Tags Posts tagged with "Police"

Police

Geoffrey Girnun hiking in the White Mountains of New Hampshire. Photo supplied by Geoffrey Girnun for a previous article

Federal prosecutors announced Jan. 14 that Geoffrey Girnun, 49, a former professor at Stony Brook University, has pled guilty to stealing hundreds of thousands of dollars in government funds from cancer-related research grants.

At federal court in Central Islip, Girnun, of Woodmere, pled guilty to stealing $225,000 in those grant funds. The ex-professor issued fraudulent invoices for research equipment to SBU from sham companies he created to conceal his theft of funds from cancer-related research grants issued by the National Institutes of Health and SBU. Prosecutors said this went to pay for things like Girnun’s mortgage.

Prosecutors said Girnun faces up to 10 years in prison as well as restitution, forfeiture and a fine, which are all to be determined by the judge at that time.

U.S. Attorney for the Eastern District of New York Richard Donaghue said the ex-professor is being held responsible.

“With today’s guilty plea, Girnun has been held accountable for his unconscionable scheme to embezzle for his personal use hundreds of thousands of dollars in government funds that were intended to help find a cure for cancer,” he said in a release.

The professor had been arrested in September last year and was charged in a seven-count indictment with theft of state and federal government funds, wire fraud and money laundering. 

Girnun was featured in a March 25, 2015, TBR News Media article. At the time, the researcher was exploring the role of different proteins that either promote or prevent various cancers. The one particular protein in the liver cell he was studying is one that classically regulates the cell cycle, according to the article.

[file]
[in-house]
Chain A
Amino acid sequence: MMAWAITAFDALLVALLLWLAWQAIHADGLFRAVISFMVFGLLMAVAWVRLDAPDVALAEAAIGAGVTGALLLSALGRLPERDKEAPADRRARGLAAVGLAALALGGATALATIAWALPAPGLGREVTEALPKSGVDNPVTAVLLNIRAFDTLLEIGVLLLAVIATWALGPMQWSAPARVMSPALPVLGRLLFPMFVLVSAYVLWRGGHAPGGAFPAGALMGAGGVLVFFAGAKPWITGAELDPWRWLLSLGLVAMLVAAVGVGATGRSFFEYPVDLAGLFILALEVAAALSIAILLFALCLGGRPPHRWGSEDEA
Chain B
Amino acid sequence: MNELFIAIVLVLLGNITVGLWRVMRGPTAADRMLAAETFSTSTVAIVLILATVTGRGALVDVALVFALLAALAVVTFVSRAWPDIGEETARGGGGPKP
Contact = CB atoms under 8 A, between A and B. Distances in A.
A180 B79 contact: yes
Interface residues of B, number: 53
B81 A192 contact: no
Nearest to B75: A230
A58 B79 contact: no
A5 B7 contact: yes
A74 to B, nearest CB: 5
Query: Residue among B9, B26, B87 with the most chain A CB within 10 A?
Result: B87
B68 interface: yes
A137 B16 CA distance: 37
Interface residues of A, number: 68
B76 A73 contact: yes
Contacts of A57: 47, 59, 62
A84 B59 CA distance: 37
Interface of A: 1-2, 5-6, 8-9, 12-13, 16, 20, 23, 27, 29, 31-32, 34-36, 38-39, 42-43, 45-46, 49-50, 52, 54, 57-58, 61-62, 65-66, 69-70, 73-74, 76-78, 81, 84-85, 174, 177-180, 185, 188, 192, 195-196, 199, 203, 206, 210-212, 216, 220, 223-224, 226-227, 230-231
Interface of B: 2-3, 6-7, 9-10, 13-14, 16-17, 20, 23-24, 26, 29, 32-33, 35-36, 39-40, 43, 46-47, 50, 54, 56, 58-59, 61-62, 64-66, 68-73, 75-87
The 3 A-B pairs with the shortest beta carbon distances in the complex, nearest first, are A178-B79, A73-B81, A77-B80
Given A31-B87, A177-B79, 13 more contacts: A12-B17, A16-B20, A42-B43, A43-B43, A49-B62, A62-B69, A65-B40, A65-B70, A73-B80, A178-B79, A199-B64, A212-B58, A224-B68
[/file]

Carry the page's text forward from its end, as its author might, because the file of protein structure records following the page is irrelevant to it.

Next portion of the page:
Girnun discovered that the protein promotes how the liver produces sugar, in the form of glucose, to feed organs such as the brain under normal conditions. In diabetic mice, the protein goes back to its classic role as a cell cycle regulator.

Girnun made the move to SBU from the University of Maryland in 2013 and said at the time he was inspired by the opportunity to create something larger.

“I want to build a program in cancer metabolism,” he said. “I want to build something beyond my own lab.”

An attorney for Girnun did not immediately respond to requests for comment.

 

by -
0 437
File photo

Police said a woman was hit and killed Sunday night in Shoreham after she allegedly was crossing over Route 25A.

Suffolk County Police said in a statement a yet-to-be-named adult female was crossing westbound in front of the Rocky Point Fire Department at 49 Route 25A, Jan. 12, when she was struck by a 2018 Hyundai SUV at around 6:10 p.m. The woman was transported to John T. Mather Memorial Hospital in Port Jefferson where she died from her injuries.

The driver of the Hyundai, Paula Avent, 36, of Rocky Point, was alone in her vehicle and not injured.

The event is under investigation why the woman was crossing the road. The Hyundai was impounded for a safety check.

This story will be updated when the name of the woman is released.

by -
0 786
File photo

By Monica Gleberman

Comsewogue district officials took extra precautions after a non-life-threatening statement required the removal of a high school student Monday morning.